Understand the legal issues
Get a lawyer if you can
While there is an inevitable amount of trial and error involved it is vital to dot your i’s and cross your t’s at the beginning. A property – even an empty one – is a big responsibility. No one will trust you with an empty space unless you can show you’re serious about it. If you can afford it (or ideally find someone pro bono) get a lawyer involved early to assist with planning the project, establishing the company (or other structure), drawing up our license agreements and the other paperwork involved. Not only will it help if you can refer property owners to credible lawyers when they ask legal questions, it also makes it much easier for owners to take the idea of lending their property seriously.
Whoever is planning and negotiating the use of the space needs to understands the details of insurance, who would do what, and how and when to vacate the properties if a commercial tenant came along. On this page are links to some template legal agreements however they aren’t a substitute for getting your own legal advice – only a place for your own lawyers to start.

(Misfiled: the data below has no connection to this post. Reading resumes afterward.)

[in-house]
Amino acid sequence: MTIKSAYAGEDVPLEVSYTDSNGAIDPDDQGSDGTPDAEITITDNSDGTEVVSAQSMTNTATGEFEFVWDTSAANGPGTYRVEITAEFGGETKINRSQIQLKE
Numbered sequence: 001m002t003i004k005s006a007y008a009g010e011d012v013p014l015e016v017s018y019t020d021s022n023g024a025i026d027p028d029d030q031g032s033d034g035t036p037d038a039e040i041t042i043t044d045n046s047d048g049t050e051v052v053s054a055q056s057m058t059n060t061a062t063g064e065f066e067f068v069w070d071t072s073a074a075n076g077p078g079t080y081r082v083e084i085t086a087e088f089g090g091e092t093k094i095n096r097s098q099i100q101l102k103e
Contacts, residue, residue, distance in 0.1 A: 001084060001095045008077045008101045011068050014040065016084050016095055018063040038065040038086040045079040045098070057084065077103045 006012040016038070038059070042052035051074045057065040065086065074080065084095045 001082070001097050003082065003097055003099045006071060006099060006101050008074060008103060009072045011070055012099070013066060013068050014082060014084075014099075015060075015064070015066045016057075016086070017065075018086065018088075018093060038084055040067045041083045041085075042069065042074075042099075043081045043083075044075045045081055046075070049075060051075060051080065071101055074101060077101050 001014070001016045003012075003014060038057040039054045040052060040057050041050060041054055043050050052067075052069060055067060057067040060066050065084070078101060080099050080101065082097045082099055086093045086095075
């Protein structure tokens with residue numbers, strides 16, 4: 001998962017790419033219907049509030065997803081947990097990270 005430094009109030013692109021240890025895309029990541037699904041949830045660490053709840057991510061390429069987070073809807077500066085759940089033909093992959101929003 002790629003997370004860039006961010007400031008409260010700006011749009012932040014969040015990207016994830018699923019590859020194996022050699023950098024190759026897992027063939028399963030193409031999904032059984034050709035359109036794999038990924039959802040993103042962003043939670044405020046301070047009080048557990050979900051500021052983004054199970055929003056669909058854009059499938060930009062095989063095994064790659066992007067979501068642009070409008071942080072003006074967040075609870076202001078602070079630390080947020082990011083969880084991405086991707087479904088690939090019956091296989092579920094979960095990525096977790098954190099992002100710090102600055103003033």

- Approaching Property Owners
- Budgeting and costs
- Building community support
- Certificates of Use, Development and Planning Approvals
- Development and planning issues
- Do I Need to Involve the Council When Entering A Building?
- Establishing the right structure
- Finding artists to be involved
- Finding suitable buildings
- How Building and Planning Law Works
- Is a ‘renew’ project the right approach?
- Managing the Risks
- Matching projects to spaces
- Selecting the right projects
- Tips and tricks
- Understand the legal issues
- Tips on Inspecting Buildings
- When You’ll Need Development or Planning Approval
- Can You Apply for Exemption as a ‘Temporary Use’?
- Building Uses as Outlined by the Building Code of Australia
- Exempt Development?